Step three is the final process: burning the digital files to disc. To maximize universal playback ability use write-once media verses rewriteable, though the latter is great for burning projects on a trial basis to see how they will turn out. If you create an .iso image of the files, you can re-burn the image at any time to a new CD or DVD disc. This will save time in the long run, though storing .iso images does consume hard disk space. Burning software typically comes with every computer, and is also available online.

There is no better time to convert VHS to digital and start enjoying those home movies in a more convenient format that will preserve your cherished moments far better than analog tapes. Move your memories into the 21st century, clean out that tape storage area, recycle that old VHS deck, and say goodbye to the hassle of VHS forever.

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Discuss this Article

anon956214
Post 10

Back in 1990-1991, I was in Sears and there was this new device that you would stick a VHS video in and play it and it would let you print pictures from the video. You just go to the part on the video you wanted the picture of and then print it out. I don't remember the name of the device or who made it. Does anyone have any idea at all?

anon335394
Post 9

The example they have is the EasyCAP.

irontoenail
Post 8

@indigomoth - Yeah, we thought our family tapes were all safe in the garage, only to discover that they had gone moldy and a lot of the memories were lost.

None of us had any clue how to get the information into digital form, so basically we took them into a place that did it for us, and for a pretty good price as well.

I've also heard that a lot of high schools are set up so that they could do this, so if you know someone who worked at a high school and has access to the information and technology, you might want to ask them to see if they can fix you up.

indigomoth
Post 7

@behaviourism - You might want to get any family videos backed up anyway. The thing about vhs is that it doesn't last forever, or even for very long. The tape will eventually deteriorate even if your parents don't use it very much.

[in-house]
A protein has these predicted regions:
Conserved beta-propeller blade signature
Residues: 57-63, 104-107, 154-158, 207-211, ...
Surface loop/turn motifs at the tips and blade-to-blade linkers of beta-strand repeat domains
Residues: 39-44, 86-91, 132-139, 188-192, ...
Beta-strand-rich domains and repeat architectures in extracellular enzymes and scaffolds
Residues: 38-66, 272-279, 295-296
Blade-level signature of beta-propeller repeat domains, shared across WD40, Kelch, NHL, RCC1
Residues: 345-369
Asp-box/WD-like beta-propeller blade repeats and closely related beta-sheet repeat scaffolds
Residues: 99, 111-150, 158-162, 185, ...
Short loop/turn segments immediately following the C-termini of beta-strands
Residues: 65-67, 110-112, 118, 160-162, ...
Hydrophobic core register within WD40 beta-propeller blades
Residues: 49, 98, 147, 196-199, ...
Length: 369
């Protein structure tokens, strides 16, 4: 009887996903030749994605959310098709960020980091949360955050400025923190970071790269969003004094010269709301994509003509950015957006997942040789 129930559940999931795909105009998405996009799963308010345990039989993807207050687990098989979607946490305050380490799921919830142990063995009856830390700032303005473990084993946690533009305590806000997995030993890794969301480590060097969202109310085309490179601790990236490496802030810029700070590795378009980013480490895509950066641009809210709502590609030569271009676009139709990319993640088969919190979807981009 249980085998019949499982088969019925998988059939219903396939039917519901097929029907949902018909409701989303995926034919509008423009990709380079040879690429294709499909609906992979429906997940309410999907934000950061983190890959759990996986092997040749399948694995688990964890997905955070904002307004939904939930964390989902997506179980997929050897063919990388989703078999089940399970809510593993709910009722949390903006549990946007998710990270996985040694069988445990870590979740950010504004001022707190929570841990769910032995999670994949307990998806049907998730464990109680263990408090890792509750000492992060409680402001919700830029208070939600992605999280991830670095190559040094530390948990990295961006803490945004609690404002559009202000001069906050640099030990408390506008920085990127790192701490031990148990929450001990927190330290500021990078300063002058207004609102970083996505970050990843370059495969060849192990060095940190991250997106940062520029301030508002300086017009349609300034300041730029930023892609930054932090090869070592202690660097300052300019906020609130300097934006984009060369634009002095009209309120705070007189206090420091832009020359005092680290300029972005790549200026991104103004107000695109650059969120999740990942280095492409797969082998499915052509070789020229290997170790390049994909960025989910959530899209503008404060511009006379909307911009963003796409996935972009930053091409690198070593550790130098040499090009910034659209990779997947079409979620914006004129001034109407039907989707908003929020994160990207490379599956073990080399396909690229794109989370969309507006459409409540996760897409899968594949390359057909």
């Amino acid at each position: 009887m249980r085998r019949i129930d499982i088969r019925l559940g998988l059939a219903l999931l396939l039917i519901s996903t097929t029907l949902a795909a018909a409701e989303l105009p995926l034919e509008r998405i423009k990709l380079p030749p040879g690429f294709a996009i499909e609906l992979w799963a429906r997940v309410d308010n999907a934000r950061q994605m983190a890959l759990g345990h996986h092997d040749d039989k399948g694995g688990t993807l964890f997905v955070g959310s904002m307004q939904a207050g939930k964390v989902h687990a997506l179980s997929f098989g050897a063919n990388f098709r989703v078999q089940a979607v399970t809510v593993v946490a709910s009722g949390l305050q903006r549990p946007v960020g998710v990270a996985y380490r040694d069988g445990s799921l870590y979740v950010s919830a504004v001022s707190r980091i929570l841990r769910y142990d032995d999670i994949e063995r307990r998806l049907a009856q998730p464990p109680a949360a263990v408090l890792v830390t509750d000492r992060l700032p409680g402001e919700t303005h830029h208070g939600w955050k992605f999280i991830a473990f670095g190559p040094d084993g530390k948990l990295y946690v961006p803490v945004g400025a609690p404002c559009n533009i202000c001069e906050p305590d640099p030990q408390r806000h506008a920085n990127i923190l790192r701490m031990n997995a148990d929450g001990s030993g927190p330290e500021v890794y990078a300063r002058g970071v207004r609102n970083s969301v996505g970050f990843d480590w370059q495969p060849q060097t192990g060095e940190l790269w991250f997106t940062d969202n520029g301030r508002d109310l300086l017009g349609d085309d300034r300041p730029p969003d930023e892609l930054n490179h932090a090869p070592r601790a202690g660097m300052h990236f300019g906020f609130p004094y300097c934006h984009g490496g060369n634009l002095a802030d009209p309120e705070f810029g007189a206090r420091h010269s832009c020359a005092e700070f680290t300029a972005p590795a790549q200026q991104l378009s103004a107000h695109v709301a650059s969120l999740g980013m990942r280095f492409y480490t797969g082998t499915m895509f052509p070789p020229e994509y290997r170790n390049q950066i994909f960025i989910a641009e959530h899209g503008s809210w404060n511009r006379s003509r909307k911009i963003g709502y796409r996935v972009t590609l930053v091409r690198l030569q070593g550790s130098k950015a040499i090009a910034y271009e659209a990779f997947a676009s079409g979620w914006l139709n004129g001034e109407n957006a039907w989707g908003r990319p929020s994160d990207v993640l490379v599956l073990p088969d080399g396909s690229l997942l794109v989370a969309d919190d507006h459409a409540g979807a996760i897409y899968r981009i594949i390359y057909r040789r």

It doesn't really matter if all you've got are taped reruns or something, but if they are holding on to your first Christmas or something like that, you really want to try and get them sorted onto CDs or whatever.

anon239280
Post 6

For VuPoint Solutions, the video converter DVC-ST100-VP-BX4, I just purchased the DVC-ST100-VP converter and when the movie was put to disc and tried to play in the VCR an error message "This disc has no play back capabilities". The disc will, however, play back on the PC. Can you help?

anon156366
Post 5

@behaviourism: Thanks for that worthwhile contribution to the discussion. With that knowledge, my world is a better place.

behaviourism
Post 4

My family has just kept their VHS tapes to use occasionally; up until a few years ago, my parents even had a BetaMax tape machine that we still used; while it would be good to convert the VHS to digital, I don't think my parents feel that they use old tapes often enough to make the effort.

rajeshbajaj
Post 2

I have av to usb cable. can i convert my vhs tapes on pc, as i don't have a video capture card. I am working on pc with windo xp / laptop with vista.

Don't have S port in any of these. VCR has only audio video 2 jack output & RF output.

Kindly suggest what to do.

Thanks, Rajesh B.